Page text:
Every year, all permanent employees are entitled to paid time off work for recreation and rest. Employees become entitled to annual leave after working for the same employer continuously for 12 months. The minimum annual leave entitlement is four weeks per year, but some employers may allow more leave.  Employees can check their employment agreements to see what their entitlements are.  After another 12 months the employee becomes entitled to a further four weeks’ annual leave.

Usually employers and employees agree on when annual leave should be taken, but there are times when the employer can make an employee take leave at a specific time.  For instance if the business has a customary close down period.

An employer must give 14 days’ notice to the employee.  If the employee has no annual leave owing then the employee may need to take leave without pay, unless the employer agrees to the employee taking annual leave in advance.

There are usually two different ways to calculate an employee’s annual leave entitlement (the method used is whichever produces the higher total):

  • The employee’s ordinary weekly pay at the beginning of the holiday; or
  • The employee’s average weekly earnings for the 12 months before the end of the last pay period before annual leave.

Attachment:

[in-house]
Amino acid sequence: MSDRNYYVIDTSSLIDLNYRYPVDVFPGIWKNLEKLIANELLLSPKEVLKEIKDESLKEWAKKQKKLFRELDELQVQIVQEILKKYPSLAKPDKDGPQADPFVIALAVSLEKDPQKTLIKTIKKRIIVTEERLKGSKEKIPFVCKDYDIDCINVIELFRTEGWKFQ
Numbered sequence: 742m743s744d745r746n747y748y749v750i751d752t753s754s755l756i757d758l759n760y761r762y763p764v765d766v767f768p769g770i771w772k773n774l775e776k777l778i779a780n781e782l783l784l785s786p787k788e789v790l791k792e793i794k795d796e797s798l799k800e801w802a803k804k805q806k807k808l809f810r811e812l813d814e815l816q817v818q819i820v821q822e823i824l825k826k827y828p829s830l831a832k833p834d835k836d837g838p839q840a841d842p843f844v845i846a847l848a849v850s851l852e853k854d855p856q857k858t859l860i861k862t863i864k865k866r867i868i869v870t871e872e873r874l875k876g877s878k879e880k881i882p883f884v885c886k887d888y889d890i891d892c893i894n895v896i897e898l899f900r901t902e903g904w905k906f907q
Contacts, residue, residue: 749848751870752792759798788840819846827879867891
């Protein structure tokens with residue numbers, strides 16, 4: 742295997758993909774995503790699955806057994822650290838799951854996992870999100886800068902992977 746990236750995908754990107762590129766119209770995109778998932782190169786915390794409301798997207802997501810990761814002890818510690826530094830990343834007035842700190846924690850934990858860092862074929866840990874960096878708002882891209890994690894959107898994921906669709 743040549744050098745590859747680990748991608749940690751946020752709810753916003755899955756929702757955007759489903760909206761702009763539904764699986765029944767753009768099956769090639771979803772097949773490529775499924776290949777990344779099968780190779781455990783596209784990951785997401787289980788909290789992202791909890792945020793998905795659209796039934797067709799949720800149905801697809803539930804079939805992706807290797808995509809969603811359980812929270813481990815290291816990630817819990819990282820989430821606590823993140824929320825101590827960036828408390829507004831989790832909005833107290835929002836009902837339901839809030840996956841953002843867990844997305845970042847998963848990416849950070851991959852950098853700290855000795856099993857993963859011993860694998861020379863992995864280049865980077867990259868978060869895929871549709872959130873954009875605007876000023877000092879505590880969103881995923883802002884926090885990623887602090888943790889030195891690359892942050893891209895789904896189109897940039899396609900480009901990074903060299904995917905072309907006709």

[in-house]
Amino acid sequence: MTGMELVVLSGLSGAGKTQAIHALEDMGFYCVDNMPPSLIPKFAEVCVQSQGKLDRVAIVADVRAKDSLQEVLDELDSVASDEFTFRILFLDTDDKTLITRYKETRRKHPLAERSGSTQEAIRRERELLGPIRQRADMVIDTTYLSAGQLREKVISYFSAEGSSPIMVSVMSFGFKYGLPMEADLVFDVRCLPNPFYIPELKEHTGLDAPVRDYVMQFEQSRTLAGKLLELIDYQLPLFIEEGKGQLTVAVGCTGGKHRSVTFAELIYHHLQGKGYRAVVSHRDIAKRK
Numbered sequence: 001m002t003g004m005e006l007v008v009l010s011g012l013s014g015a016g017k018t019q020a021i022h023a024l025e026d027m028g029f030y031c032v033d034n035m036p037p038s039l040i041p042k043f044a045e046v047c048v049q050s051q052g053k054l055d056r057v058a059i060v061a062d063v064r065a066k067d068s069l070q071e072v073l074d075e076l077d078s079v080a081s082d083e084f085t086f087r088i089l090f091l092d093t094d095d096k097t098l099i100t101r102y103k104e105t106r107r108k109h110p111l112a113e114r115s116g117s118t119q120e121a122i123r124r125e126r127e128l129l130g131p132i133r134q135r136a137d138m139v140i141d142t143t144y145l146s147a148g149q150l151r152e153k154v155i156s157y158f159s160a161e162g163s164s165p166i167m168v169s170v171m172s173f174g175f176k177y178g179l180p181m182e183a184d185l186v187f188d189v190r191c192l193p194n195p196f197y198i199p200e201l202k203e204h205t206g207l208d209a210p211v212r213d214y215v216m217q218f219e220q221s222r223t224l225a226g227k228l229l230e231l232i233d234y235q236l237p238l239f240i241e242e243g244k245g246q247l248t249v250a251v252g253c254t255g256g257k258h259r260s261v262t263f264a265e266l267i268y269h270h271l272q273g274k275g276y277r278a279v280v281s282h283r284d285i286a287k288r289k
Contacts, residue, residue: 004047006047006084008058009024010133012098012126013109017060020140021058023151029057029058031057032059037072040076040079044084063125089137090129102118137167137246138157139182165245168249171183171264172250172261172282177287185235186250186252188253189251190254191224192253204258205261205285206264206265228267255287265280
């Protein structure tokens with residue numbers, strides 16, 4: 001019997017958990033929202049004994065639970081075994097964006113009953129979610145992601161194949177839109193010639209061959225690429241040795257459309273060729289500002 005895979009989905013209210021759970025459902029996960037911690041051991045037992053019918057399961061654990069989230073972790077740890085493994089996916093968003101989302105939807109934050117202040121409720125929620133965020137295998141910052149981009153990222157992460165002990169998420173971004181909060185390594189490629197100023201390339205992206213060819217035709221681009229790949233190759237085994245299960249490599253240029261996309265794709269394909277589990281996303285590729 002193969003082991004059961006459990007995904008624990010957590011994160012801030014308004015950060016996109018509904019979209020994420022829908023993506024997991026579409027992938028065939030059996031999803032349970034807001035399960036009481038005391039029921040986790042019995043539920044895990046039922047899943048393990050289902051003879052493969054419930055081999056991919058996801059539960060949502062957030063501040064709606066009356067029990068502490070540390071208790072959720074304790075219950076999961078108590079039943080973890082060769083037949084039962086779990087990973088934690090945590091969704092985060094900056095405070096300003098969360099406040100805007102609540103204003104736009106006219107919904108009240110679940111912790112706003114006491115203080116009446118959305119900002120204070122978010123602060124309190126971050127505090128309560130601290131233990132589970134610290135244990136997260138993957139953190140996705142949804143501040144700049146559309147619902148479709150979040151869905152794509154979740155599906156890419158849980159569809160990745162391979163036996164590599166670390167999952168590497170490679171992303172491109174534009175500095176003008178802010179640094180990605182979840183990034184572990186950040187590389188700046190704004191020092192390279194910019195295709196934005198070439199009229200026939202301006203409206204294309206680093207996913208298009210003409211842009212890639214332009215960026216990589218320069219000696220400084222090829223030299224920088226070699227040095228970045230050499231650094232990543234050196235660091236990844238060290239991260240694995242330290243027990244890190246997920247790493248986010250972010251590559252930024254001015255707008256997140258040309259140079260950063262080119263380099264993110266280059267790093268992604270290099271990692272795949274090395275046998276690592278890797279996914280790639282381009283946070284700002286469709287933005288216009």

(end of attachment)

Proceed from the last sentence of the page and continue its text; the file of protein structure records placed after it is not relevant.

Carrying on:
There are exceptions to this, for example, where an employer and employee agree to pay on a pay-as-you-go basis.

Pay as you go leave payments are only allowed in very limited circumstances where it is not practiced to provide for holidays (for instance for casual employees).  Annual leave entitlements will be paid out at the rate of at least 8% of earnings before tax and paid with regular pay instead accruing annual leave.  The leave amount must also be shown separately in each pay.

Annual leave payments may become more complicated during the time a person is on parental leave and the 12 months after their return to work. Annual leave cannot be taken during a period of parental leave but this does not stop an employee accruing annual leave over this time.

Annual leave taken in the 12 months after an employee returns to work is calculated as average weekly earnings only. If an employee takes annual leave immediately after parental leave, without actually returning to work, annual leave payments would be $0 per week because the employee’s average weekly earnings over the past 12 months has also been $0. However, if leave is taken 12 months after returning to work from parental leave, annual leave payments will be at the usual rate.